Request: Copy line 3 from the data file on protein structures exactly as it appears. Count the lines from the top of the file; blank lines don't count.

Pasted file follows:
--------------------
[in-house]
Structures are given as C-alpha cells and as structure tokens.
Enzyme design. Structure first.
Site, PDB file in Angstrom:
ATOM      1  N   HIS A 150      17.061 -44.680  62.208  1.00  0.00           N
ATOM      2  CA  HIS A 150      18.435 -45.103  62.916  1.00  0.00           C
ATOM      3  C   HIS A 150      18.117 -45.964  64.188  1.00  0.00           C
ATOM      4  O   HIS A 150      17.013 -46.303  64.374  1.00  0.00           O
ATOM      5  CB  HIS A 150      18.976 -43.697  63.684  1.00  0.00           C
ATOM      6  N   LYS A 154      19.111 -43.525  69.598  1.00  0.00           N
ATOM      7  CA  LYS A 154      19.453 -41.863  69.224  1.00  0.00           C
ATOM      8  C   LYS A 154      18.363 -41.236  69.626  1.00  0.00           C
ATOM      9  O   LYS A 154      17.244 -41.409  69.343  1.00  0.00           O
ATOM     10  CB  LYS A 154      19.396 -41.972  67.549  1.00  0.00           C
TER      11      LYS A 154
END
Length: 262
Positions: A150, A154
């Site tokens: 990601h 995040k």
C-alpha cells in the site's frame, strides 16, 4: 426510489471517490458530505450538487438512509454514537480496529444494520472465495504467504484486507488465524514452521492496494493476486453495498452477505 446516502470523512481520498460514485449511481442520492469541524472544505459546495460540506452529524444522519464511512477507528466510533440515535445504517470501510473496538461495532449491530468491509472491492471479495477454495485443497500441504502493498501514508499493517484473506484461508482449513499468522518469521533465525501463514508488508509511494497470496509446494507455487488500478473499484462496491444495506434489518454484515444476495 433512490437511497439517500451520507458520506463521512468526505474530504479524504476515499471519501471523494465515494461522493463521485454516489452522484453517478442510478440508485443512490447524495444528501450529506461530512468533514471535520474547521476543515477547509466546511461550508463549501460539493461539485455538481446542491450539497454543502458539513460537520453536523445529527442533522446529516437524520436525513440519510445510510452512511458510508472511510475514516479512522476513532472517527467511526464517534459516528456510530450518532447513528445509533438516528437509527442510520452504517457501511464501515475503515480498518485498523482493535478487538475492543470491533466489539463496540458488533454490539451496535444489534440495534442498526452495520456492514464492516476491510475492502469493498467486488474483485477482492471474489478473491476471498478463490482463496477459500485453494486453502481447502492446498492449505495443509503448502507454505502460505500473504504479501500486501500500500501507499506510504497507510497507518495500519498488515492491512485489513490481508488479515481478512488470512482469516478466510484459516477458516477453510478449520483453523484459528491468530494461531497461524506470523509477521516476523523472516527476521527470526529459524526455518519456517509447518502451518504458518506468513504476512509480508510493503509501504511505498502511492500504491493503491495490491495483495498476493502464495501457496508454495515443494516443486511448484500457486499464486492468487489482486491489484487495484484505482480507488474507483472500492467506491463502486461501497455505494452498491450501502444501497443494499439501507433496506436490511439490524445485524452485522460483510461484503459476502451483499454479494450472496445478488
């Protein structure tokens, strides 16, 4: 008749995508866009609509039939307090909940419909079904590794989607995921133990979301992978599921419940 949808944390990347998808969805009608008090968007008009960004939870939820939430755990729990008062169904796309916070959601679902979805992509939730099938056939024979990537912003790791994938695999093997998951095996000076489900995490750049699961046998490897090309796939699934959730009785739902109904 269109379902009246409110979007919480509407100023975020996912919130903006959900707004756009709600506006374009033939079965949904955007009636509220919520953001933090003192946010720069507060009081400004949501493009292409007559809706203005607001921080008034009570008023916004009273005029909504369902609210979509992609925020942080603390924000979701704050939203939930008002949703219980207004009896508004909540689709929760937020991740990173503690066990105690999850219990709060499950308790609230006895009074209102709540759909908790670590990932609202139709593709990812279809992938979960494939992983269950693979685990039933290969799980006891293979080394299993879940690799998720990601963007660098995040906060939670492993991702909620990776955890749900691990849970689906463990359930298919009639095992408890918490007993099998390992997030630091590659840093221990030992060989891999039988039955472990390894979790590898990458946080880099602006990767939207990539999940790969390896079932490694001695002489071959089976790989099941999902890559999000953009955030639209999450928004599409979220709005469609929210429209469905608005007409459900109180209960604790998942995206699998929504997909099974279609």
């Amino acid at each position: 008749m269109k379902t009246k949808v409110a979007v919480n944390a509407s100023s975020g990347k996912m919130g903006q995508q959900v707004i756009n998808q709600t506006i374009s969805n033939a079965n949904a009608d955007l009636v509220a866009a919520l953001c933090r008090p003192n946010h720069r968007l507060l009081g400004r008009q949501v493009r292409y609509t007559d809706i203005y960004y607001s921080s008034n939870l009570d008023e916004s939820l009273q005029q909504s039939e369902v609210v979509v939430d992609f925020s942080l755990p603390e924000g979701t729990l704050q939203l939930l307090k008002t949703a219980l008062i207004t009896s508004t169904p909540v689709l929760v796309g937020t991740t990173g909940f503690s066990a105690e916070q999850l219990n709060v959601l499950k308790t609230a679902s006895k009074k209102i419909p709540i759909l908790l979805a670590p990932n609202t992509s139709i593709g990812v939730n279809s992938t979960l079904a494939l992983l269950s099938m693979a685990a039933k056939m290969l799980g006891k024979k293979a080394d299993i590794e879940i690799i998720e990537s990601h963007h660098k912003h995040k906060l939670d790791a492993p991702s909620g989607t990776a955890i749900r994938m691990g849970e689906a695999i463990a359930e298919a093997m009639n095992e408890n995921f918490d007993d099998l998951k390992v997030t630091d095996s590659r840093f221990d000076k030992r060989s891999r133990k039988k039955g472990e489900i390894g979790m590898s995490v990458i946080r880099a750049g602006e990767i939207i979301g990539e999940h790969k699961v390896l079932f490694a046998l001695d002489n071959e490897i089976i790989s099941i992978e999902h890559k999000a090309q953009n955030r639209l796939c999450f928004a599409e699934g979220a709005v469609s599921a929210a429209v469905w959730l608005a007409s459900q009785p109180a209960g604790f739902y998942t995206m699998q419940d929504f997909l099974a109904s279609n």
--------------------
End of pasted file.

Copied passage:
Enzyme design. Structure first.